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Full Name (family, given): Vorkoetter, Stefan
Account Name: Stefan Vorkoetter
Contact: Stefan Vorkoetter
Location: Ontario, Canada
Entered: 13 Mar 2008, 10:40 a.m.
This is a brief history of my life as far as it relates to calculators. Some of the dates are approximate, simply because I don't remember them all exactly.
My first "calculator" was one of those mechanical devices that one operated with a stylus. Addiator is one brand of these, although I don't know if mine was that brand. I believe I had that one when I was in the fourth grade.
Not long thereafter (fifth grade maybe), my parents got me a Novus Mathbox. Not only was this my first electronic calculator, but it was also my first RPN calculator. It was a very limited device, having only a six-digit LED display and a decimal point fixed at two places. When multiplying, keeping track of where the decimal ought to be was up to the user (much like on a slide rule). When dividing, one had to enter trailing zeros in the dividend since the machine effectively only did integer operations (1 ENTER 3 DIVIDE would yield 0).
After the Mathbox, I used a number of calculators that my Dad gave me whenever he got a new one. Most of these were Commodore 4-function units with LED or vacuum-fluorescent displays.
My next calculator was a Commodore PR-100, which I believe I got while in the 7th or 8th grade. This was my first programmable. It had 10 memories and 72 non-merged program steps. It had only a single conditional operation, skip-if-negative. However, I spent many hours writing various programs for this machine (biorhythms, lunar lander, and days-between-dates come to mind). I used this calculator into my first year of high school (9th grade).
One day while our family was on a brief trip to Montreal, I spotted a pair of Texas Instruments SR-52 magnetic card programmables in a display case at Eaton's department store. By this time I'd been eyeing the TI-59 for a long time, but it was beyond my reach. The SR-52 was already discontinued and Eaton's was clearing them out for only (!) $149. I asked to try one, and the card reader didn't work. Fortunately the other one did work, and my parents bought it for me. This calculator was a huge improvement over my PR-100. It had 224 non-merged program steps, 20 memories, and most importantly, a way to save and reload programs. As I was in high-school now, I tended to write more serious programs. My greatest achievement on this calculator was probably the simultaneous equation solver that could handle 2 or 3 equations in 2 or 3 unknowns (respectively).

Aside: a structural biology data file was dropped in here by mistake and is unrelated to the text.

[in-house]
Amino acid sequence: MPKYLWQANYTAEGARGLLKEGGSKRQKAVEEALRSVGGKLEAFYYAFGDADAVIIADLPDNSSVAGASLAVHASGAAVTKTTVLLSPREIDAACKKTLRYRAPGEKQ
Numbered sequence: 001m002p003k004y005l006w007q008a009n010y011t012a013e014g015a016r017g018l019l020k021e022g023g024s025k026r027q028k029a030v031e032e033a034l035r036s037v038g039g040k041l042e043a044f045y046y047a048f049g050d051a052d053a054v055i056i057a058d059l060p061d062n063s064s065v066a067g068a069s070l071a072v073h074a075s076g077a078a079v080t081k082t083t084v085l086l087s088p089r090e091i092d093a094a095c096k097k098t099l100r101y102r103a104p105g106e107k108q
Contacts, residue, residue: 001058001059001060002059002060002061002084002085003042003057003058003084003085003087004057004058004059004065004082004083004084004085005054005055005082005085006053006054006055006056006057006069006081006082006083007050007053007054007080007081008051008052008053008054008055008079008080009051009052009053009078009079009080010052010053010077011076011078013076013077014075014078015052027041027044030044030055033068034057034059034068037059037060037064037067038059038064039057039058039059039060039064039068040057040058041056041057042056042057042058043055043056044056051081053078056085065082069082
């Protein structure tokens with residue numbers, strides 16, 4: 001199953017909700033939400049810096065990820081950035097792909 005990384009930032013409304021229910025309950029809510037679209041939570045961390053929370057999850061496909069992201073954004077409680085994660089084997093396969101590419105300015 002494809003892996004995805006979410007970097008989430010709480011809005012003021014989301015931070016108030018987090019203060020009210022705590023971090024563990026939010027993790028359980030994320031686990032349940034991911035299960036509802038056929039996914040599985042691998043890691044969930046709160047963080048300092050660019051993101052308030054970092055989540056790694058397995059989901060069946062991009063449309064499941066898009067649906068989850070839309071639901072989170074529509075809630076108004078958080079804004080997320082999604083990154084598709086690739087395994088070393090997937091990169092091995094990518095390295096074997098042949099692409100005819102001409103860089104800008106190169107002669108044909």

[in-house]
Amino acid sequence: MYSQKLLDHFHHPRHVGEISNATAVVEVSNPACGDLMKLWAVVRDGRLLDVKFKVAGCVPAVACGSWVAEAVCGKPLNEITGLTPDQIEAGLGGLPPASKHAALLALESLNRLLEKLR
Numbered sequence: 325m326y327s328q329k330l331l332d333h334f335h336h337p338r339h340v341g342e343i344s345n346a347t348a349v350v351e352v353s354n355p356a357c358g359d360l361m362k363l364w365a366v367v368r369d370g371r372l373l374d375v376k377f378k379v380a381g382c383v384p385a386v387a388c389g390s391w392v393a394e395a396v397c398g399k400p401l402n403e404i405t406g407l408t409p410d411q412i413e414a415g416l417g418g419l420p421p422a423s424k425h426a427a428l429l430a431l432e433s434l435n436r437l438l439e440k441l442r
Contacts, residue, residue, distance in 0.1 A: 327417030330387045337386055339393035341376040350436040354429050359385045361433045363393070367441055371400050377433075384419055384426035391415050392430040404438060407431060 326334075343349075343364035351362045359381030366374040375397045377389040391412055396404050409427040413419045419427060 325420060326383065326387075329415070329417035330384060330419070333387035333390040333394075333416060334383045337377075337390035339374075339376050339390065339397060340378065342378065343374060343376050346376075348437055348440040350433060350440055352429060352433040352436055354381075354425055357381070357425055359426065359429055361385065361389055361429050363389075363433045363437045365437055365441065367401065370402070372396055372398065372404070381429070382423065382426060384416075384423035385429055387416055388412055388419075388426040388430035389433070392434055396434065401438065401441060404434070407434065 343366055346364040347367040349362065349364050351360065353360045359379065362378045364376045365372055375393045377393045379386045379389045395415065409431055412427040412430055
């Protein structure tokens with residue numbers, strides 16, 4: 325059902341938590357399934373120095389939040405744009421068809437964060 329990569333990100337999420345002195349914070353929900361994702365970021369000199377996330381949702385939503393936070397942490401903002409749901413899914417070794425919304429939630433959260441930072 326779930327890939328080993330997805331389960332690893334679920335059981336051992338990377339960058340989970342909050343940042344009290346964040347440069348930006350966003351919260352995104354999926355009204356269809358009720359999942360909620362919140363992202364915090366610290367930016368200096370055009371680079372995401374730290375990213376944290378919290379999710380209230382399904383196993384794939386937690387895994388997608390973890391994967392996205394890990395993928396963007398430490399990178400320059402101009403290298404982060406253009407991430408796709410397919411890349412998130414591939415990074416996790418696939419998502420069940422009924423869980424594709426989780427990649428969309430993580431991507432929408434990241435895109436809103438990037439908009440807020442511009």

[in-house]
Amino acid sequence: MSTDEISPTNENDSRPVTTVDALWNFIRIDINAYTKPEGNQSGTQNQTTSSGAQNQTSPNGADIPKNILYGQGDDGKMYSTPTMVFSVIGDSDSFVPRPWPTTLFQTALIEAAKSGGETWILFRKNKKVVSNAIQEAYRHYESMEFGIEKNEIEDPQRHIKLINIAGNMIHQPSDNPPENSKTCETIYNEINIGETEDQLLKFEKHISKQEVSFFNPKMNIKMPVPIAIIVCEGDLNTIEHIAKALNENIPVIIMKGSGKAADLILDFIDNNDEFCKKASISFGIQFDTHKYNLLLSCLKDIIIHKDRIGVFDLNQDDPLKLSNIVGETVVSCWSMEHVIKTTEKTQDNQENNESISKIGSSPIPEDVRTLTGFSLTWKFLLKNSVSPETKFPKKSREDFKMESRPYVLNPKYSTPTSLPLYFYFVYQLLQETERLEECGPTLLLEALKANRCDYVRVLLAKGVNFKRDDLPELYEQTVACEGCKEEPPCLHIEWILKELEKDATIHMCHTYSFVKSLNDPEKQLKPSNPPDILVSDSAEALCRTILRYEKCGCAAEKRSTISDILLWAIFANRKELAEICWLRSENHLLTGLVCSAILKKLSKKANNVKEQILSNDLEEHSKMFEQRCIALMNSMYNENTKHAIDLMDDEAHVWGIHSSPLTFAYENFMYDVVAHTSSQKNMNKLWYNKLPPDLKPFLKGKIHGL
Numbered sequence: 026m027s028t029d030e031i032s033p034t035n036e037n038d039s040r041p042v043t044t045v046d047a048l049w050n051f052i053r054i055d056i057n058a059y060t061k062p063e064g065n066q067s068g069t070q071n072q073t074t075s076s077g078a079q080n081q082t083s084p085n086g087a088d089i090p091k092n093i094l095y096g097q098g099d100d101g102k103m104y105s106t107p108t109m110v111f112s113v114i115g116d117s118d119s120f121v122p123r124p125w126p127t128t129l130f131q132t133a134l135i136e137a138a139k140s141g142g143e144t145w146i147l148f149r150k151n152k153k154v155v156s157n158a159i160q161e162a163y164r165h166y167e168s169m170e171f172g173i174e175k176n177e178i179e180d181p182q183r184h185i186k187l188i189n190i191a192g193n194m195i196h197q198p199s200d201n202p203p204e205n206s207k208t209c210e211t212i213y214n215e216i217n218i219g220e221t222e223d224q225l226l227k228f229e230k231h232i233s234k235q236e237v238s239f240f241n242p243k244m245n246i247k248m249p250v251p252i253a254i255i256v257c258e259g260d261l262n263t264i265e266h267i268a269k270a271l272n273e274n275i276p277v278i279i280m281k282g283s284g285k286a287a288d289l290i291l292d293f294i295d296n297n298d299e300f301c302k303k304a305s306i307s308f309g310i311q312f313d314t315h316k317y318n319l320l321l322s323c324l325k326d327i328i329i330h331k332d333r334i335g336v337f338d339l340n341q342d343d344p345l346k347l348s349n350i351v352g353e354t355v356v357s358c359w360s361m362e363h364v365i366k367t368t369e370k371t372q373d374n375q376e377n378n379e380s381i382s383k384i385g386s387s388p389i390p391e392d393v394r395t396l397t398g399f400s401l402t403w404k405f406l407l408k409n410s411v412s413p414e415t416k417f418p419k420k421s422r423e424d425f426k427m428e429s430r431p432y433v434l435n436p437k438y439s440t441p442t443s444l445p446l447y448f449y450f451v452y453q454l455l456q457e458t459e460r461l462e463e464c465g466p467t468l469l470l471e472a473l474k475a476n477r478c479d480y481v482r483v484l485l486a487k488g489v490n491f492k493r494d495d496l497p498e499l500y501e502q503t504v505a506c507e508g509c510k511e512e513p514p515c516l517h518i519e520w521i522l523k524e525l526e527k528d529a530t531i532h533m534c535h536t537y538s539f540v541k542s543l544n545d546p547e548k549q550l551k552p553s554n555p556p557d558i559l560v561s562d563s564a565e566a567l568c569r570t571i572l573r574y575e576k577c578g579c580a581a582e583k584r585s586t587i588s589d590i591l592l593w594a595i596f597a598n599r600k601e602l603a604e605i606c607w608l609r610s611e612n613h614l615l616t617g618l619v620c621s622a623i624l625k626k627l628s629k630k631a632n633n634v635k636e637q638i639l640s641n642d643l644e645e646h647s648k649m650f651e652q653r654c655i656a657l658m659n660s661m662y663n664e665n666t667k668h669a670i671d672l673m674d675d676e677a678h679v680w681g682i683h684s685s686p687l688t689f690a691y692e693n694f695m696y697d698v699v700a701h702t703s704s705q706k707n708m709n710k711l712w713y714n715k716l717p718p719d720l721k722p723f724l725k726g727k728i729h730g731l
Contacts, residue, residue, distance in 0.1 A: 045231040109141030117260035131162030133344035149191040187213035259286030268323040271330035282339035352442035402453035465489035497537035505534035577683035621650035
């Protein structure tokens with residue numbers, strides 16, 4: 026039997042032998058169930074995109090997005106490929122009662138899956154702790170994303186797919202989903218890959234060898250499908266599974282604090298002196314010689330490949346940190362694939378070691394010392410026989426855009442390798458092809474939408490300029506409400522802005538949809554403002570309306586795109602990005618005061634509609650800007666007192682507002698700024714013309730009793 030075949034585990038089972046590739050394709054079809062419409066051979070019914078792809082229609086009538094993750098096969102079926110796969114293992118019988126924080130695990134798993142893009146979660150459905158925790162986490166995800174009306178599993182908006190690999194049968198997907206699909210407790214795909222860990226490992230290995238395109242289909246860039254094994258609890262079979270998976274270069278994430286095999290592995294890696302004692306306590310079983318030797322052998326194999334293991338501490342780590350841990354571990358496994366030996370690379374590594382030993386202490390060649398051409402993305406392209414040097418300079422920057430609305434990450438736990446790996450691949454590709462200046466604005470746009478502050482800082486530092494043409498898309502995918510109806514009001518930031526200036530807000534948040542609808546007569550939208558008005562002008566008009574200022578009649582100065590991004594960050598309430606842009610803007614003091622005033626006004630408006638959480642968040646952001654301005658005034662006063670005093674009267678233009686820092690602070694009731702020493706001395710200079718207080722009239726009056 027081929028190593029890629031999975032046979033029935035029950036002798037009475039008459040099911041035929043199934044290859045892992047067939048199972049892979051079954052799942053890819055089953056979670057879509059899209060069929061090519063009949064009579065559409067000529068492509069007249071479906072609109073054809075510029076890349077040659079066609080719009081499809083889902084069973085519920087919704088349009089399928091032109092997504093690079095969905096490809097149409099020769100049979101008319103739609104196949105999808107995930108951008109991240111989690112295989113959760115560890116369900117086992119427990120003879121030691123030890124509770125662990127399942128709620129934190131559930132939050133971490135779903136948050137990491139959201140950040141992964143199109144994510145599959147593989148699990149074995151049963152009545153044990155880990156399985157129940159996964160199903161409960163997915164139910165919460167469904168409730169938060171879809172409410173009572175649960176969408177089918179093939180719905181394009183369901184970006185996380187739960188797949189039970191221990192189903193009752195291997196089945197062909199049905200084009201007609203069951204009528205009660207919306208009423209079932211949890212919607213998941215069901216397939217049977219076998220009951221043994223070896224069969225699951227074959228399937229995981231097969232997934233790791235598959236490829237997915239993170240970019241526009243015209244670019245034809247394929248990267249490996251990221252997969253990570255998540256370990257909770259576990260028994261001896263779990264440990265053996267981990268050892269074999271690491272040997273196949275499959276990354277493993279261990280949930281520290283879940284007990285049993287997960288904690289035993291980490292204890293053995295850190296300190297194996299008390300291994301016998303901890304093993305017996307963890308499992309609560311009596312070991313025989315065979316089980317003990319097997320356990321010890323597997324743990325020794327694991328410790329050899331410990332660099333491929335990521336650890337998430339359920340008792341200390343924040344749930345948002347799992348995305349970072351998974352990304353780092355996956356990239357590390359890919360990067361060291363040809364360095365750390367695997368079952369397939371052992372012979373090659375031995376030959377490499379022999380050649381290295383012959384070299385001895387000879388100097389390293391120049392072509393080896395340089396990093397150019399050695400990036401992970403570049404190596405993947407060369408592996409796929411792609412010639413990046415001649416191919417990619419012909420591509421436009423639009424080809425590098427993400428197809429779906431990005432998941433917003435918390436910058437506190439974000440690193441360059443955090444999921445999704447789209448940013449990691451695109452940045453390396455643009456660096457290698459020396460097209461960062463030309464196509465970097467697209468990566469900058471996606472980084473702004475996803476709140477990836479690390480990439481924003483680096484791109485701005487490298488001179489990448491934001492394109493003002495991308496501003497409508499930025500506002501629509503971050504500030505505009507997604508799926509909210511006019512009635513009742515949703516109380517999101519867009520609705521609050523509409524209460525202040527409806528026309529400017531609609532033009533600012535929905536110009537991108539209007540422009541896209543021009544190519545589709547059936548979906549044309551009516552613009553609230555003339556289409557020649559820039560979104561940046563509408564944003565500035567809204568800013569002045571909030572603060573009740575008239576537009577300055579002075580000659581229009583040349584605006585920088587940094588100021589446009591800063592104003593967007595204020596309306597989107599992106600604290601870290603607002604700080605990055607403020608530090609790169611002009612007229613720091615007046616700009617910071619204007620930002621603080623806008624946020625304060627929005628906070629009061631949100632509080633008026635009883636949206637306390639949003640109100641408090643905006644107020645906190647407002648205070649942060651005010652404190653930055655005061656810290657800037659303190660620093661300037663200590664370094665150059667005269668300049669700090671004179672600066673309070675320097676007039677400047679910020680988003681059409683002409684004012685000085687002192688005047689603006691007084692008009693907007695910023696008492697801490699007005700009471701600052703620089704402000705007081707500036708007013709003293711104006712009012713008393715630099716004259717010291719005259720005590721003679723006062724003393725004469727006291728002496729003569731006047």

Later in high school (11th grade I think), I purchased a Sharp PC-1211 pocket computer. This little gem was programmable in BASIC, a language I was quite familiar with since I also had a TRS-80 desktop computer since the 9th grade. It had about 1.4k of memory and retained its programs when the power was off. I also had the cassette interface for it so I could save and reload programs. I used this computer until I graduated from high school (grade 13 at that time).
All through high school, I drooled over the HP calculators that were regularly advertised in Popular Electronics (to which our school library had a subscription). My favourite was the HP-34C and I longed to get one some day. I wonder if I would have been so open to the idea of an RPN machine if my first calculator (the Mathbox) hadn't been RPN?
By the time I finished high school, the HP-41C series was already well established, and during the summer before my first year of university, my parents got me an HP-41CV. This was my first RPN calculator in a long time and I was quickly hooked.
During my third year of university, I saw a new pocket computer that I wanted. I believe it was the Tandy PC-6 or the Casio equivalent. It had a clamshell design, was BASIC programmable, and had 8K of memory, expandable to 16K. At this point I sold my HP-41CV (big mistake) and TI SR-52 (medium mistake) to buy this new machine. I also still had my Sharp PC-1211, which I gave to my girlfriend (now my wife).
A few years later while I was in grad school, I tired of the pocket computer, and my wife got me a brand new HP-42S for Christmas. Finally back to HP! That was the last new calculator for quite a while and I used it up until about 1999, ten years into my career, when it started having keyboard problems (the "9" key wouldn't register).
Much to my dismay, HP didn't make any decent calculators any more at that point. I sent an e-mail around in our company to see if anyone had an old HP they wanted to be rid of, and a colleague offered me two non-functioning ones: an HP-19C and an HP-41CX. I graciously accepted both and performed the necessary repairs:
HP-41CX Repair Article
Article about My HP-19C
Shortly thereafter, I discovered eBay and started a small collection of HP calculators. I finally got that HP-34C that I've wanted since high school, and also have an HP-32E, two non-functioning HP-41Cs that I plan to repair, and an HP-67 whose card reader I still need to repair. I still have the aforementioned 19C and 41CX, both of which I use regularly. In the mean time the 42S started working again, so I still use that one too. And, my wife still has, and uses, the PC-1211.
I've also started collecting slide rules, but that is a separate story.
Edited: 25 Mar 2008, 11:54 a.m.
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